From my notes:  Embrace your place….when God is ready to use you, He will find you!  and Service is preparation for battle, not performance.

In our small group discussion time, we addressed a question about how to focus on the eternal a midst the practical.  A wise woman in my group (a.k.a. my mom) reminded us that during the years when our lives are consumed with the 24/7 acts of service associated with raising children, we are also ministering to their souls.  We are attending to their eternal souls with our practical, mundane, sometimes thankless service to their physical needs.

Whether they are just hours old and completely vulnerable, or approaching adulthood and quite capable….

Whether the ones you are serving are your children, parents, and siblings….or your neighbors, friends, and strangers….

Serving practical needs IS eternal, because those you are ministering to have eternal souls. 

Mothers, your mothering makes you great.  Your service to your children is service to your King, and it’s preparing you for whatever He has for you in the future.  Never, ever, believe the lie that what you do is only valuable in the moment.

Martin Luther King Jr. said, “Everybody can be great…because anybody can serve. You don’t have to have a college degree to serve. You don’t have to make your subject and verb agree to serve. You only need a heart full of grace. A soul generated by love.”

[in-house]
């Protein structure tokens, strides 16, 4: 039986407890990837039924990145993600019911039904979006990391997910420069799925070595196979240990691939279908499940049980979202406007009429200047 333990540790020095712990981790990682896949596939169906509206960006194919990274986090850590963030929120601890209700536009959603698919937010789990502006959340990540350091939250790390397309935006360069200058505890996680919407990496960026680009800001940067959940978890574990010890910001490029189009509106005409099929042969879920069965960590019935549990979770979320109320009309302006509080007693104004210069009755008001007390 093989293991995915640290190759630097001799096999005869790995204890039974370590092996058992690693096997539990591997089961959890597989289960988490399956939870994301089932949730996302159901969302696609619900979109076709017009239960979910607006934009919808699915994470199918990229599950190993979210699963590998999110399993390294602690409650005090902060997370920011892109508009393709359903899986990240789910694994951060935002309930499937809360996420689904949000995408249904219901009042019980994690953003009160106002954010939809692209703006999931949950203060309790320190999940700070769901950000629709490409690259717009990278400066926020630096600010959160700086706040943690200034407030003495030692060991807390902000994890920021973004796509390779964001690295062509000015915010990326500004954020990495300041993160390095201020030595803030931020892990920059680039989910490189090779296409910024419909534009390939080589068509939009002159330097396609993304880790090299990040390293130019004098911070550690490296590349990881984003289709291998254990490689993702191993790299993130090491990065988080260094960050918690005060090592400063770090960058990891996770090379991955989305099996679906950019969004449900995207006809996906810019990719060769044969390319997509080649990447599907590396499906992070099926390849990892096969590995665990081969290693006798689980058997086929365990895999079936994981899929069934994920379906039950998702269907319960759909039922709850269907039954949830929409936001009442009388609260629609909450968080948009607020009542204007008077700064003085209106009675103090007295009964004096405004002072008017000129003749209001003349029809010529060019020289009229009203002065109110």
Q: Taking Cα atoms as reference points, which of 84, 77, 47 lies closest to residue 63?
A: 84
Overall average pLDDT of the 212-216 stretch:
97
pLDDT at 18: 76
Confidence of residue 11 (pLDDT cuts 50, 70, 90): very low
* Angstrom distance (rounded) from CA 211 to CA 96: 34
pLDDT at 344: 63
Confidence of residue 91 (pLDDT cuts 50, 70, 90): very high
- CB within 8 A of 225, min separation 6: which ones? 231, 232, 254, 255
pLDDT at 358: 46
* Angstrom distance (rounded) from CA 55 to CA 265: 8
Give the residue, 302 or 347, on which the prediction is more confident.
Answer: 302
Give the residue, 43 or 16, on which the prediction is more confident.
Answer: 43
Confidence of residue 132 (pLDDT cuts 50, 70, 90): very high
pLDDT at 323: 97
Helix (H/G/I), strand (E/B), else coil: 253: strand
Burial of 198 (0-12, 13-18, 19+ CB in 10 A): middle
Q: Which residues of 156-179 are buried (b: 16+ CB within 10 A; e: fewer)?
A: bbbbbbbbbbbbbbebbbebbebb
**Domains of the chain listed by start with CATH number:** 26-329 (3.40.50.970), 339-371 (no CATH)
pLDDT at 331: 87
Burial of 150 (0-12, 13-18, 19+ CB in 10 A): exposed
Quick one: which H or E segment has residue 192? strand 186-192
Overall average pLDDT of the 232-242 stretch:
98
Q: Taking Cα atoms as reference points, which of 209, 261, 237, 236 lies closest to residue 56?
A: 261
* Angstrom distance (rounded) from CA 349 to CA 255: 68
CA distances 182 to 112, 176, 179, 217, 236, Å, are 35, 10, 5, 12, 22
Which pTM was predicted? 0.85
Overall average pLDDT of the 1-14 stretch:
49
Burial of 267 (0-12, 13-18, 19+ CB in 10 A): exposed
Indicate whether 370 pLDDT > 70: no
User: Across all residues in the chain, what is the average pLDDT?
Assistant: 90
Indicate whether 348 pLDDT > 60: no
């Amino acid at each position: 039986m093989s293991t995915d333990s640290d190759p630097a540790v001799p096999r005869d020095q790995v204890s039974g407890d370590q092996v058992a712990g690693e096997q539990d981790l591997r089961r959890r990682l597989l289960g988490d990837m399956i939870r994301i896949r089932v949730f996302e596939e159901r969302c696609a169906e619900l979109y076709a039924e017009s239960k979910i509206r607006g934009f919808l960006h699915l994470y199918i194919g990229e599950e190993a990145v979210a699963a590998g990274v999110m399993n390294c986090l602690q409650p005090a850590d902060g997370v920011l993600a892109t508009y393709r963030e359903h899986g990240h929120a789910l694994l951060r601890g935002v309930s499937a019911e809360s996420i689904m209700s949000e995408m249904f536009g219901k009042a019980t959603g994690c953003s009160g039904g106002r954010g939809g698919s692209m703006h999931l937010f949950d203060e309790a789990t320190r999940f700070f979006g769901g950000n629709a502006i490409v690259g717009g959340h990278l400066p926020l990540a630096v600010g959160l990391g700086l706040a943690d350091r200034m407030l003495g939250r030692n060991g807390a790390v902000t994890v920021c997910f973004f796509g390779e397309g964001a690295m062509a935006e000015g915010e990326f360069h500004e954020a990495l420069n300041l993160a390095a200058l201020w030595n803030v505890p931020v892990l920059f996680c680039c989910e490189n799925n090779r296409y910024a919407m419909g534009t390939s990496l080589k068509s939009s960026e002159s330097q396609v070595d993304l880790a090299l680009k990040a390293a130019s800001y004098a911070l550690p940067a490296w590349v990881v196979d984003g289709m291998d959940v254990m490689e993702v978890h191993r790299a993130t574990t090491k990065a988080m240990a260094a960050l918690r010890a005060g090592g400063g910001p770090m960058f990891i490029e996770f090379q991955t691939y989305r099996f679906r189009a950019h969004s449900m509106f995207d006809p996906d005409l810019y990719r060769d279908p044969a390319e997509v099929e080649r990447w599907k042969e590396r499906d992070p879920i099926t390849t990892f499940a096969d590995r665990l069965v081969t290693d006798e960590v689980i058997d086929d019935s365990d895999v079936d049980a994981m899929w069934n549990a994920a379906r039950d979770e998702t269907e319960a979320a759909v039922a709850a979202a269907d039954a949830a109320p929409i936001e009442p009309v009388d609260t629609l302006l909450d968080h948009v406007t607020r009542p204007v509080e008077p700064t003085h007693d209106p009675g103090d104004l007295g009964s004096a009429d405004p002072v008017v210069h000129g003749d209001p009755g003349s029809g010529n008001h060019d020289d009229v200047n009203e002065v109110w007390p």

The “M” Word

It’s ironic how a prim and proper word like “modesty” has turned into such a dirty word.  It’s seen as judgmental and legalistic.  And it’s probably a bit cliche for a Christian blogger to write about it, especially in the spring.  I’ve read other bloggers’ takes on this (surprisingly) controversial topic.  Their posts are sometimes greeted with a resounding, “here, here!”, but just as often with mocking and scoffing at the ridiculous notion that public near-nudity is a problem for anyone.

I want to start with a few disclaimers to un-muddy the waters.

1.  A blogger I follow, and heartily enjoy, by the name of Matt Walsh (, recently wrote about how modesty is about more than just clothing.  Modesty is about not bragging.  Not showing off.  I agree, wholeheartedly.  However, in the smallness of my immediate world, it’s physical, bodily immodesty that seems to crop up most often.  So it is that that I’m writing about today.  Physical modesty is not the most important measure of character or Christian faith.

2.  I’m not going to evaluate any specific articles of clothing in this post.  There’s value in those discussions, and they certainly have their place among friends, fellow moms, mothers and daughters, and yes, sometimes even a blog readership.  But we will never all agree on how many inches of cleavage or thigh is acceptable, or how long a shirt must be to sufficiently cover a legging-clad booty.  There will be those that argue that culture dictates modesty (which it does, to some degree), and as long as you are more modest than the rest of your peers, you’re good.  Those conversations are worth having, but they are worthless and actually do become all about legalism if we don’t also discuss where modesty comes from:  The heart.  True modesty can not be dictated; it must be heart-felt.

3.  If you know me in real life, or have read my blog, you know that I have recently become overweight.  It’s a mystery to me, but it is my reality.  I have seen other bloggers torn to shreds about their position on modesty because, apparently, being overweight means one thing only… are jealous.  My position on modesty does not in any way stem from jealousy of thin women.  Believe it.  Or don’t.  Whatever.